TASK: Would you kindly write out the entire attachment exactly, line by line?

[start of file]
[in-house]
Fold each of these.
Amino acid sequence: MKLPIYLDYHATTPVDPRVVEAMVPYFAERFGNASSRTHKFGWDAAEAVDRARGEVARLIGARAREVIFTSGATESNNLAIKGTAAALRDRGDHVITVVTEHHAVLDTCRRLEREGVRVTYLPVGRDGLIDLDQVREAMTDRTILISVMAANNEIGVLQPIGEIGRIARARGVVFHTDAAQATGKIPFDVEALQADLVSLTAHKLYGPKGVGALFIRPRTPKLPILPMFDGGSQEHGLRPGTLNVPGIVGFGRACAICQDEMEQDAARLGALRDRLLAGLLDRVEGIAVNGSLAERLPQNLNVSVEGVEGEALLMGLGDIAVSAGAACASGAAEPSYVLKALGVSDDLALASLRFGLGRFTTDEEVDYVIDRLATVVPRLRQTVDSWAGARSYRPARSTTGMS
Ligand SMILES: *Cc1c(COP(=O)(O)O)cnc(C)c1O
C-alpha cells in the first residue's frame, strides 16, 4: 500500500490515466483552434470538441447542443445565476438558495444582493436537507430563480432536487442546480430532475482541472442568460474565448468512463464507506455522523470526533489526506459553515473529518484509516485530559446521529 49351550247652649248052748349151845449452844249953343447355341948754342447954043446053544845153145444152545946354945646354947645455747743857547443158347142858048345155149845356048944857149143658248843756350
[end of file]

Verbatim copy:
[in-house]
Fold each of these.
Amino acid sequence: MKLPIYLDYHATTPVDPRVVEAMVPYFAERFGNASSRTHKFGWDAAEAVDRARGEVARLIGARAREVIFTSGATESNNLAIKGTAAALRDRGDHVITVVTEHHAVLDTCRRLEREGVRVTYLPVGRDGLIDLDQVREAMTDRTILISVMAANNEIGVLQPIGEIGRIARARGVVFHTDAAQATGKIPFDVEALQADLVSLTAHKLYGPKGVGALFIRPRTPKLPILPMFDGGSQEHGLRPGTLNVPGIVGFGRACAICQDEMEQDAARLGALRDRLLAGLLDRVEGIAVNGSLAERLPQNLNVSVEGVEGEALLMGLGDIAVSAGAACASGAAEPSYVLKALGVSDDLALASLRFGLGRFTTDEEVDYVIDRLATVVPRLRQTVDSWAGARSYRPARSTTGMS
Ligand SMILES: *Cc1c(COP(=O)(O)O)cnc(C)c1O
C-alpha cells in the first residue's frame, strides 16, 4: 500500500490515466483552434470538441447542443445565476438558495444582493436537507430563480432536487442546480430532475482541472442568460474565448468512463464507506455522523470526533489526506459553515473529518484509516485530559446521529 49351550247652649248052748349151845449452844249953343447355341948754342447954043446053544845153145444152545946354945646354947645455747743857547443158347142858048345155149845356048944857149143658248843756350